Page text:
I HAVE STOPPED guessing when the Phenom 9900 speed grade, the one we reviewed here recently, actually ships to real buyers - especially since it now has to be that new B3 stepping. The one that will be its last 65 nm revision.
What's more interesting is AMD's recent commitment to rush out the 45 nm Leo and Shanghai out really quickly - maybe as quickly as the end of the third quarter this year. Let's not talk about the server parts, still stuck in those HT2 sockets - the inputs from trusted Far Eastern friends about the 45 nm desktop parts say that, if AMD does its job right, we're gonna have a quad-core 6MB cache part running at 3.2 GHz with DDR2-1066 memory a few months before yearend. Hopefully, I'll add.
The added cache plus whatever improvements AMD squeezes into the CPU cores themselves should also give the 45 nm round some 10% extra per-clock performance.
So, let's be optimistic and assume we'll see those 45 nm 3.2 GHz Phenoms, say, this September. What will Intel have then, in the best and in the worst case?
Best case, of course, is Bloomfield Nehalem out - probably at not much more than 3.2 GHz, but a fast 4-core, 8-thread monster with native integrated memory controllers, QuickPath and 3-channel DDR3-1600 memory subsystem. Expect it to be at least as fast as a 4 GHz Yorkfield, and twice that in memory benchmarks.
Talk about Yorkfield, that is the "worst case". Assume that Intel doesn't move at all - they could still use the existing steppings to ship 3.6 GHz / FSB1600 (multiplier 9x) Yorkfields without any problems.
Let's give AMD a headstart then. How would a 3.2 GHz DDR2-1066 45 nm, 6 MB cache Phenom, AMD's best case this September, compare with Intel's 3.6 GHz FSB-1600 Yorkfield, their worst case that same month?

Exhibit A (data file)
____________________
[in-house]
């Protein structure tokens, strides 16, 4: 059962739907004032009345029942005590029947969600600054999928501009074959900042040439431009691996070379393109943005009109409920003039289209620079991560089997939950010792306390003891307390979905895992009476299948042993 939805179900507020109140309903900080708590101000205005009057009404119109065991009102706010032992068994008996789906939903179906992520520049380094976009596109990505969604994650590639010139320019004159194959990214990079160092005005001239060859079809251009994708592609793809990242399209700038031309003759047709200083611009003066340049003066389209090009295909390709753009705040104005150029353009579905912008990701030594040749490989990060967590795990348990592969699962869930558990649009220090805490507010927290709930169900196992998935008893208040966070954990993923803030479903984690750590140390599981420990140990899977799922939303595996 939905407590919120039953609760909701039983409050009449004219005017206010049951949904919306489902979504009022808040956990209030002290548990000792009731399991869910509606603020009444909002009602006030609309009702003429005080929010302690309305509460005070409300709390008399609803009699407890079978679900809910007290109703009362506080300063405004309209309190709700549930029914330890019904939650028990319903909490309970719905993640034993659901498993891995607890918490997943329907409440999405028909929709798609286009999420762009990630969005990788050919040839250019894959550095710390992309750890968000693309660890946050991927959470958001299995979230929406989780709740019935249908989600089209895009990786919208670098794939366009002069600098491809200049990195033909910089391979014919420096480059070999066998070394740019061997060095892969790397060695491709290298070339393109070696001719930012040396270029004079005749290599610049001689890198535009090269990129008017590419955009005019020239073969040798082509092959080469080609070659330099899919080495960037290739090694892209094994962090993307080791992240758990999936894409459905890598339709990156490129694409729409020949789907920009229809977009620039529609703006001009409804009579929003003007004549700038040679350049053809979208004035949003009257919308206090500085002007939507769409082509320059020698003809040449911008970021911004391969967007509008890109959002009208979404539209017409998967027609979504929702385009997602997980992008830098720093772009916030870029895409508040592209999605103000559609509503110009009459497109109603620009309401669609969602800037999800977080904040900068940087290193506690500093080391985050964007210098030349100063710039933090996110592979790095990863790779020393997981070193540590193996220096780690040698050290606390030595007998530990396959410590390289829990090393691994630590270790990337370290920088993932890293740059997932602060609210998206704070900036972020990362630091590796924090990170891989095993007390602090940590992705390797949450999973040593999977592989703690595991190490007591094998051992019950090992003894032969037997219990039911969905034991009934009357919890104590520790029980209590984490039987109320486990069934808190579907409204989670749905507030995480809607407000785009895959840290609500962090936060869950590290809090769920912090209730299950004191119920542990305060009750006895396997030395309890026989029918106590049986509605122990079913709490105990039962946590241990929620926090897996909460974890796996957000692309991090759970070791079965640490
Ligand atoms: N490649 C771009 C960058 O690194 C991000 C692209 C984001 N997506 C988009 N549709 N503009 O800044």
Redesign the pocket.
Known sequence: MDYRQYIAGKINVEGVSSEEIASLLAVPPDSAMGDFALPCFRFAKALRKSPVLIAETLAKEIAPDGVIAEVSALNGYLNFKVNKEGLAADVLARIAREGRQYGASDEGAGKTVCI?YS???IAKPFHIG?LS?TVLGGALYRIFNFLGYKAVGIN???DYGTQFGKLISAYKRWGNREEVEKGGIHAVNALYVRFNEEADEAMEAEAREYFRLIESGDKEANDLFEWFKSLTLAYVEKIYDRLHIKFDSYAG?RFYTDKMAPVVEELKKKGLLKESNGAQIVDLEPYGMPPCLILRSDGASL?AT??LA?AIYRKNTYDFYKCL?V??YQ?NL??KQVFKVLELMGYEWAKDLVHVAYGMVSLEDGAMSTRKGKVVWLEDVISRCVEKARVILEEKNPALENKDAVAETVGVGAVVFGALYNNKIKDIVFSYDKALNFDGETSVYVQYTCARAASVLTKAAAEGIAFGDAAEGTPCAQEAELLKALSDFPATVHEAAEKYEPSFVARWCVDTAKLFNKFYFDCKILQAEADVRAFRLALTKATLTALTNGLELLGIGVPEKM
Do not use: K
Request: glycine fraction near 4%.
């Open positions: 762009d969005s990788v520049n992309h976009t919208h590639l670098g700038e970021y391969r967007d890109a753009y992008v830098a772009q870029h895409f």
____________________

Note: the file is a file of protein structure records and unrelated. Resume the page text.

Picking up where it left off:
Based on the existing benchmarks, a 2.6 GHz DDR2-800 Phenom 9900 is, on average, 15%-20% behind 2.66 GHz FSB1333 Yorkfield Q9450. Assume that, on aver age, the above mentioned 3.2 GHz 45 nm AMD part would perform some 35% better than the Phenom 9900 - a generous allowance, shurely. Also, give the 3.6 GHz Intel, say, 30% extra over the Q9450.
The result, after a bit of rounding: Intel would still be some 10% - 15% faster, except for the memory benches. And that ignores completely at least two major steppings they'd do in such period of time on the Penryn dies - if the 65 nm history is any guide, we should expect at least a 10% direct frequency jump at the same voltage or even TDP in that process, with corresponding high-MHz yield increases.
If that is taken into account, we're then talking about 4 GHz high end " extreme" Yorkfield parts, and 3.2 - 3.6 GHz mainstream range, easily by September. And, all this completely ignores the Bloomfield, mind you.
In summary, the quick 45 nm delivery by AMD will definitely help them be more competitive in the mainstream - keep in mind the lower power consumption as a big plus. However, unless they can quickly ramp up the speeds towards some 3.5 GHz or so by yearend, I wouldn't call it a full comeback - yes they will "come" , but, performance wise, they will still look Intel in the "back". µ
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